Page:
280 Queen Street gains approval, but who of the 'old guard' are left?

280 Queen Street gains approval, but who of the 'old guard' are left?
Mark BaljakJune 27, 2016

One of the batch of large planning applications still active yet submitted prior to the current Government's implementation of interim planning controls looks to have gained approval.

According to the State Government's Greenlight online permit manager a large residential tower at 272-282 Queen Street received approval on the 15th of June. Brady Property Group is behind the project with the tower now joining 380 Lonsdale Street as pending CBD projects for the prolific developer.

Submitted during late 2014 and designed by Peddle Thorp Architects, the project contains near on 600 apartments and spans 80 levels or 255 metres. Barring any indication that the tower has changed considerably since its submission, the approval of 272-282 Queen Street is significant in that the project would have contravened interim planning controls if submitted post their implementation.

280 Queen Street gains approval, but who of the 'old guard' are left?
272-282 Queen Street as submitted. Planning image: Peddle Thorp Architects

272-282 Queen Street's apparent approval poses a wider question; which notable planning applications submitted prior to the interim controls which took hold during September last year and have yet to receive a planning outcome? 

Given the State Government's Greenlight online permit manager is best described as hit and miss, here is urban.com.au's best assertion as to which of the 'old guard' have yet to reach a planning outcome. Keep in mind that projects shown below are limited to Melbourne's CBD and SOUTHBANK, as only they are subject to interim controls, and soon permanent controls which will make the below projects nigh on impossible in many contemporary scenarios.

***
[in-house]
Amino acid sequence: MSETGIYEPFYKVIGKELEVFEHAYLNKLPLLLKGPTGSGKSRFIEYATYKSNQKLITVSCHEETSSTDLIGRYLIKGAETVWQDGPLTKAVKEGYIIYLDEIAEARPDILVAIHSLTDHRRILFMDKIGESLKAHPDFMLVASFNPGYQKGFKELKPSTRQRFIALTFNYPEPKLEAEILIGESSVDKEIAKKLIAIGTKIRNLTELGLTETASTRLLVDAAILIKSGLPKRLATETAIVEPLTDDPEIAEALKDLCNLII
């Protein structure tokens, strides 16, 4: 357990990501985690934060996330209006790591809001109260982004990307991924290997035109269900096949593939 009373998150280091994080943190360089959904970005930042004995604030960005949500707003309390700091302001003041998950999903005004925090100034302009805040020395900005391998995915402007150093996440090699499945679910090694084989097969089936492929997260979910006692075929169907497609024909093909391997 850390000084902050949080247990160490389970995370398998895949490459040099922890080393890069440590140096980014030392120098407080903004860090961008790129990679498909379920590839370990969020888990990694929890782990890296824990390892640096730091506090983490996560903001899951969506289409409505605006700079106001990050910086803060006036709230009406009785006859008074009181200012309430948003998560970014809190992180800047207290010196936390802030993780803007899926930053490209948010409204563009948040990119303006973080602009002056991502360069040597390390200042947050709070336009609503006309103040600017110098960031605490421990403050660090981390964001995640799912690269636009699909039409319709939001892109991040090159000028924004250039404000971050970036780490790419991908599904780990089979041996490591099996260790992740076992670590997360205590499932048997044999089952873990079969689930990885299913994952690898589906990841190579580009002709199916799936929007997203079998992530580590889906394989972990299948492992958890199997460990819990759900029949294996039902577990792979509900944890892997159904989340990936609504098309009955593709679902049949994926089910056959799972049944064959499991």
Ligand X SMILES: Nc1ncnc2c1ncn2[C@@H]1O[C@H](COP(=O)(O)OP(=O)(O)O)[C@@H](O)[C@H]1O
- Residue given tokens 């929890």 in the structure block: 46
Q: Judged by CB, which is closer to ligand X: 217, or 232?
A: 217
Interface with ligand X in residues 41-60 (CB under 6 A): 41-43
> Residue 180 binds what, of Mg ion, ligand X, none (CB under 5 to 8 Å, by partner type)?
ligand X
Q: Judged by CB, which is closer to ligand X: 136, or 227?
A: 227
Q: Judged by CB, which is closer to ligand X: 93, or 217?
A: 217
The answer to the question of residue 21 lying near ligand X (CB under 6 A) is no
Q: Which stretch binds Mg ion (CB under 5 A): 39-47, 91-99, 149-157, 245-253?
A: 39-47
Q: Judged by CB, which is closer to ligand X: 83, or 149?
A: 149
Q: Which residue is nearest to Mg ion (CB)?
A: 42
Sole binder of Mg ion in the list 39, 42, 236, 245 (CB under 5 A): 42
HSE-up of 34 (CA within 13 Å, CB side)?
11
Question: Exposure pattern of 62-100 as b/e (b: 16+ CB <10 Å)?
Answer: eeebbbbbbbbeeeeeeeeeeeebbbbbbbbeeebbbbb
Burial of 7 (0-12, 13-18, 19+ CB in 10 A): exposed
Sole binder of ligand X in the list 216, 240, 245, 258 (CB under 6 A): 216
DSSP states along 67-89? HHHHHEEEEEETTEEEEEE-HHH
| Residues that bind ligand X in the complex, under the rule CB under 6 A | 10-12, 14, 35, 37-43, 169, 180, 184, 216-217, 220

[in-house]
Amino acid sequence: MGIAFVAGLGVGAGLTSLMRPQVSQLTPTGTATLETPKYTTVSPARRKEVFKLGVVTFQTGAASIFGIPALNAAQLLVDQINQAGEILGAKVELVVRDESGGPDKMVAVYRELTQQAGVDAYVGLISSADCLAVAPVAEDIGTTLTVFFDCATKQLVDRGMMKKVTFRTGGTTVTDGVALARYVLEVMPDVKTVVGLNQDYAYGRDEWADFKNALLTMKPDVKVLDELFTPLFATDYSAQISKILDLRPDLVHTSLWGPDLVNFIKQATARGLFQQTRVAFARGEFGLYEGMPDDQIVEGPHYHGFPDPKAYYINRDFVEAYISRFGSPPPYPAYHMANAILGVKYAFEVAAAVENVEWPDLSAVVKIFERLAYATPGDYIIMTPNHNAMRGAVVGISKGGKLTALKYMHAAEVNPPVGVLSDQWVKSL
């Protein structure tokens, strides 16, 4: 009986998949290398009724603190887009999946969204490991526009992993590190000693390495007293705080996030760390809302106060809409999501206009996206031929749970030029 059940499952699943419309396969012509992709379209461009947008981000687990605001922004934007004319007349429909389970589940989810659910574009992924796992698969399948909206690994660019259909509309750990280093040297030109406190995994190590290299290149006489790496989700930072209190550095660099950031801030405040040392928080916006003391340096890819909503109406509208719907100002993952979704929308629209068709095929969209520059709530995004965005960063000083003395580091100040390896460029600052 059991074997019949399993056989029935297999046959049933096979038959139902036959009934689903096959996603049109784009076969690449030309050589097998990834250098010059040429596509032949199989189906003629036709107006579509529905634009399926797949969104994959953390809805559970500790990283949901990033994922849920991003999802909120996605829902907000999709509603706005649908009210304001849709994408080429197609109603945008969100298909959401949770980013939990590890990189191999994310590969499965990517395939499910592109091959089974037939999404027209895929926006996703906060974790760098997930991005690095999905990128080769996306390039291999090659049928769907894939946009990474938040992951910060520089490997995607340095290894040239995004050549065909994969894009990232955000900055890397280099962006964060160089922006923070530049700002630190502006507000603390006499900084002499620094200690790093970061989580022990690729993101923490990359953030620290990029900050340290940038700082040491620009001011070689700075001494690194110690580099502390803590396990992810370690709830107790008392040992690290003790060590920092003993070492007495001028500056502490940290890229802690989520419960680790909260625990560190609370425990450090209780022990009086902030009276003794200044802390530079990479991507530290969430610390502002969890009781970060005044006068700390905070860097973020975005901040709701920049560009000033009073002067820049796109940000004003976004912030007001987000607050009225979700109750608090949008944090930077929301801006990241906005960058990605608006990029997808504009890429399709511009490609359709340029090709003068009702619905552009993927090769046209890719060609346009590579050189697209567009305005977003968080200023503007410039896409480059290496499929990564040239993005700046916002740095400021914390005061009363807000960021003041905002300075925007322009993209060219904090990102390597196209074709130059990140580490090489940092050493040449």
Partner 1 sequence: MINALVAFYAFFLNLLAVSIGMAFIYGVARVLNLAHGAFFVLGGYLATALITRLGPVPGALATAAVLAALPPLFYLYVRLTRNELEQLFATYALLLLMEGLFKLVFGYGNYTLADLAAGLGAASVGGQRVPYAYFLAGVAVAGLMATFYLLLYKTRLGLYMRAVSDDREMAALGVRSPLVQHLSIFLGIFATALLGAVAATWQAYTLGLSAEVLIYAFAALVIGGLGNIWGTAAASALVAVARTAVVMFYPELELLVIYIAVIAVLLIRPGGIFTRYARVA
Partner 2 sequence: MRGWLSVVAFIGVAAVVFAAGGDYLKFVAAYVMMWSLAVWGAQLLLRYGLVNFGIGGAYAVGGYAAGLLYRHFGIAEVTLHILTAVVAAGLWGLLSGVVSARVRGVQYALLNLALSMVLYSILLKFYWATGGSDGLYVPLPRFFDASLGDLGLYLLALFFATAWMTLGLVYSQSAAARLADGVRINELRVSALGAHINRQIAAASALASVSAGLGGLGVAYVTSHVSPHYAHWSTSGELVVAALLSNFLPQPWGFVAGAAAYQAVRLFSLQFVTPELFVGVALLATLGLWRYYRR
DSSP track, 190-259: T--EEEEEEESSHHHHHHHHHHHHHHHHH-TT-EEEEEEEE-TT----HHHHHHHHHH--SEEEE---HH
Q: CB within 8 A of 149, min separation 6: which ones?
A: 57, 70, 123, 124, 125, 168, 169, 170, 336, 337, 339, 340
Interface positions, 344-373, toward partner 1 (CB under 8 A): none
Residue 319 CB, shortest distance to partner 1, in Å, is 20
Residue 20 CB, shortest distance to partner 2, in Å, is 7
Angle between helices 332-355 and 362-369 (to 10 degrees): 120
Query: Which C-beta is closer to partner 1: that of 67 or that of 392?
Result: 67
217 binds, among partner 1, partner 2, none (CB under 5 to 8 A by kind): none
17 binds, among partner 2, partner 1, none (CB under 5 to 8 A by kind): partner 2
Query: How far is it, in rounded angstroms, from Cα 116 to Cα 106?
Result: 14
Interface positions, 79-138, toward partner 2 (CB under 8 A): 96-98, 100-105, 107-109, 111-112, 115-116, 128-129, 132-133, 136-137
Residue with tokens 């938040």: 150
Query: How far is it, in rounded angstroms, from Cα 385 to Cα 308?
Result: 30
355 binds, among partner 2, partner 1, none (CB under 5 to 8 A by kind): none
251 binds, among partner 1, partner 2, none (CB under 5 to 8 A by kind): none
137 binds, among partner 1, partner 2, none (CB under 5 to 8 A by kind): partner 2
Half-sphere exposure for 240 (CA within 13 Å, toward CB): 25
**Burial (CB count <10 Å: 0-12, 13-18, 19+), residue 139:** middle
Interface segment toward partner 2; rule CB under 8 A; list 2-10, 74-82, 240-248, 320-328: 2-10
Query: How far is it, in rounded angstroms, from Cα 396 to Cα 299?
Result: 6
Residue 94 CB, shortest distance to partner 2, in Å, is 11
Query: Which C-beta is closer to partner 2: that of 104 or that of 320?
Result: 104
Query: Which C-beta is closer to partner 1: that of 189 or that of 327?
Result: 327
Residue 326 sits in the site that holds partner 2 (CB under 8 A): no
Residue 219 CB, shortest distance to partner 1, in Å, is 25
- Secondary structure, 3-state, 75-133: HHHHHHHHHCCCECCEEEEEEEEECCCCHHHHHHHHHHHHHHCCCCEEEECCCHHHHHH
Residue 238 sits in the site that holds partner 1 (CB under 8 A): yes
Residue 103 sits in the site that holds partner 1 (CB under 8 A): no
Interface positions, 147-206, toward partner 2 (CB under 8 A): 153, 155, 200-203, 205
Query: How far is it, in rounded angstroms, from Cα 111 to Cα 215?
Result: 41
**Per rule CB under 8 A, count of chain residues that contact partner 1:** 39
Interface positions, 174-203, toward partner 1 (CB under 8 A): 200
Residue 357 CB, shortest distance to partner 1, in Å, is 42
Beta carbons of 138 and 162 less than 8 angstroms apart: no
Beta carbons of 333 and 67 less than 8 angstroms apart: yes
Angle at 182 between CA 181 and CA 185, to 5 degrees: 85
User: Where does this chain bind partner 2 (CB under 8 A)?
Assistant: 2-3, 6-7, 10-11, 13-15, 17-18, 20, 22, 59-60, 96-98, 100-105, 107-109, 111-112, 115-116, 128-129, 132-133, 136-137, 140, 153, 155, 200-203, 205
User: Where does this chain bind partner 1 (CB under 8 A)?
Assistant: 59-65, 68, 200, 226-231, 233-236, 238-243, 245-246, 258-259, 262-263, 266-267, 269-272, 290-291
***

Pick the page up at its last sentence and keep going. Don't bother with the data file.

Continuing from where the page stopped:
The vast majority of outstanding applications are centred in the CBD, more so along the CBD's western and northern flank. Eight major submissions dated prior to the interim planning controls are still in play according to Greenlight, with more than 4,400 apartments and an associated hotel still in the air.

Projects such as 111-125 A'Beckett Street, 183-189 A'Beckett Street, 478-488 Elizabeth and 441-451 Elizabeth are seeking to call the northern reaches of the CBD home whilst 640 Bourke Street, 140 king Street and 556-558 Lonsdale Street are looking for a western CBD presence.

This leaves DEXUS Property Group's 32-44 Flinders Street as the sole pre-interim planning control application in the CBD's eastern end.

Should some or all of these projects gain the nod, they will likely contribute to Melbourne's CBD becoming the densest in Australia, in line with this article.

280 Queen Street gains approval, but who of the 'old guard' are left?
A'Beckett, Bourke and Flinders Street towers in the offing

To SOUTHBANK and Central Equity have submissions over two sites at 71-87 City Road and 268-274 City Road, with both comfortably pushing beyond the 200 metre mark in their initial submission. Both were submitted during June 2015 and if the duo receive approval, Central Equity can expect to take another 1,300 plus apartments to market.

Another project under scrutiny south of the river is 135 Sturt Street with the Hayball-designed 41 level tower seeking approval for 300 plus apartments set above a highly active podium.

Less clear is the outcome of 295 City Road. According to Greenlight the project has yet to reach a planning outcome although project lead Crone Architects have the 70 level development as holding town planning approval on their website.

280 Queen Street gains approval, but who of the 'old guard' are left?
295 City Road. Image: Crone Architects

Projects that have seemingly fallen by the wayside include 293-303 La Trobe Street and 63 Exhibition street, whilst redesigned projects such as 158 City Road and 334-344 City Road have yet to be seen publicly.

Whether on not all of the above receive planning approval remains to be seen, but the confirmation of 272-282 Queen Street suggests that there is scope for the batch of 'old guard' applications to receive approval.

 A full list of active major applications submitted prior to the implementation of interim planning controls is seen below. Feel free to comment should any of those seen below be incorrect.

Mark Baljak

Mark Baljak was a co-founder of Urban.com.au. He passed away on Thursday 8th of November 2018 after a battle with cancer. He was 37. Mark was a keen traveller, having visited all six permanently-inhabited continents and had a love of craft beer. One of his biggest passions was observing the change that has occurred in Melbourne over the past two decades. In that time he built an enormous library of photos, all taken by him, which tracked the progress of construction on building sites from across metropolitan Melbourne.

Editor's Picks